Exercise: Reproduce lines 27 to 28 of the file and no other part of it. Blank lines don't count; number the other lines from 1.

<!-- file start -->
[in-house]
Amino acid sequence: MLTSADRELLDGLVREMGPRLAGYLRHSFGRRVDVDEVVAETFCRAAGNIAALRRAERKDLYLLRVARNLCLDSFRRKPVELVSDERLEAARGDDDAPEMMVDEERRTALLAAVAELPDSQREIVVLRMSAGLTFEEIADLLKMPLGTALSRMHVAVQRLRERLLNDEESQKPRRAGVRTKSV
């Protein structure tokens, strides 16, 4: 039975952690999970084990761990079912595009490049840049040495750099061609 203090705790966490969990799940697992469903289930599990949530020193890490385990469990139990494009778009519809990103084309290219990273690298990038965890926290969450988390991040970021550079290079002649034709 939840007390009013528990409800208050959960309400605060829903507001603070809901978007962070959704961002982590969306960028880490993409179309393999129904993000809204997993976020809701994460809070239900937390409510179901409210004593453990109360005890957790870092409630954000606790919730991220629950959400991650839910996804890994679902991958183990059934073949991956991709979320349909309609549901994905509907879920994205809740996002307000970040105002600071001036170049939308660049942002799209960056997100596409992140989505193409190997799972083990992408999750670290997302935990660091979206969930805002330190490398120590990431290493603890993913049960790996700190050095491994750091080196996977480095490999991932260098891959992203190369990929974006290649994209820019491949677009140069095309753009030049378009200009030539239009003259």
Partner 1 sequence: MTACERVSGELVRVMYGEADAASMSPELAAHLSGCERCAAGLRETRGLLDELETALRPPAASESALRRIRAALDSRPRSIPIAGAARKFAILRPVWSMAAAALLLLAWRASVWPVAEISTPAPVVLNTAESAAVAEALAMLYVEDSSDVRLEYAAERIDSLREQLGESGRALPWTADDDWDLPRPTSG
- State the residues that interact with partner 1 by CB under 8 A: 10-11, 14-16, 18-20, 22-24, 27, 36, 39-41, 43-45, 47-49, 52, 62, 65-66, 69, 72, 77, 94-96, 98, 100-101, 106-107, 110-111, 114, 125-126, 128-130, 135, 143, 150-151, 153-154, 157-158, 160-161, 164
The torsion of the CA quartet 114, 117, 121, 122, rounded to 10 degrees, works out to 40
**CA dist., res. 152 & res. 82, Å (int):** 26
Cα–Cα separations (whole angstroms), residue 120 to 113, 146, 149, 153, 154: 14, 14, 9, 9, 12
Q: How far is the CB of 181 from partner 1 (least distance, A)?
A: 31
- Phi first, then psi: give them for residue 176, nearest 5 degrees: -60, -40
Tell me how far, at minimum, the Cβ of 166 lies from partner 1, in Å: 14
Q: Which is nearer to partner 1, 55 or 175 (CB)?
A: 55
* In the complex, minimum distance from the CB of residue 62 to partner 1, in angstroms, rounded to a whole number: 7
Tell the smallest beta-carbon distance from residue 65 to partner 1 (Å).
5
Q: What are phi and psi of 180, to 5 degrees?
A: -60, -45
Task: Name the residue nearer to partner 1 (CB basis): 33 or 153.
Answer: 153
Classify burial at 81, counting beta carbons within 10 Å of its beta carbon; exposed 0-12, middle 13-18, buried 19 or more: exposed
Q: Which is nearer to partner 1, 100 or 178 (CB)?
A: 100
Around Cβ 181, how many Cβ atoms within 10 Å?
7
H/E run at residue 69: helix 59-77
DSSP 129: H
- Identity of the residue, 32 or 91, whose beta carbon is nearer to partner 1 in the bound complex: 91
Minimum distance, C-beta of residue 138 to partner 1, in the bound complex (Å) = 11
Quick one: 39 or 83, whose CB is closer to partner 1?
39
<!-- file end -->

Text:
H/E run at residue 69: helix 59-77
DSSP 129: H